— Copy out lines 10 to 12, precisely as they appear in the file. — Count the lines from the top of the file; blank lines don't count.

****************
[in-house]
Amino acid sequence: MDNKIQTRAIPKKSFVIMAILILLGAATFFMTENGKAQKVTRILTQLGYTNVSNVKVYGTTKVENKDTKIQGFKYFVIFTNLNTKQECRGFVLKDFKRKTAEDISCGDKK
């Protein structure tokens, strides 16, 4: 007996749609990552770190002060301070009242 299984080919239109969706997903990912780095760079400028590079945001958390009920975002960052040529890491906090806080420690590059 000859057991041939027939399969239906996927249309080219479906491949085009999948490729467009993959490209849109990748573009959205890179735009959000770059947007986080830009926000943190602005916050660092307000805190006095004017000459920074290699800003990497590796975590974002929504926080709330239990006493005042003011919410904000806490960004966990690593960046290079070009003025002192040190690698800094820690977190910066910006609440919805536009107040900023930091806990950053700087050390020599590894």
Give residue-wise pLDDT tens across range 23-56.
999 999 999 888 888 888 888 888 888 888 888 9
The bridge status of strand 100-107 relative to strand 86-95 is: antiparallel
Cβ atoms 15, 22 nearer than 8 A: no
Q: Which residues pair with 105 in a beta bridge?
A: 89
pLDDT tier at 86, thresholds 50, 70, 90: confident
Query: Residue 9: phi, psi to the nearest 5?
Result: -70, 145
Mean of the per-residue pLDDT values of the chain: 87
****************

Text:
pLDDT tier at 86, thresholds 50, 70, 90: confident
Query: Residue 9: phi, psi to the nearest 5?
Result: -70, 145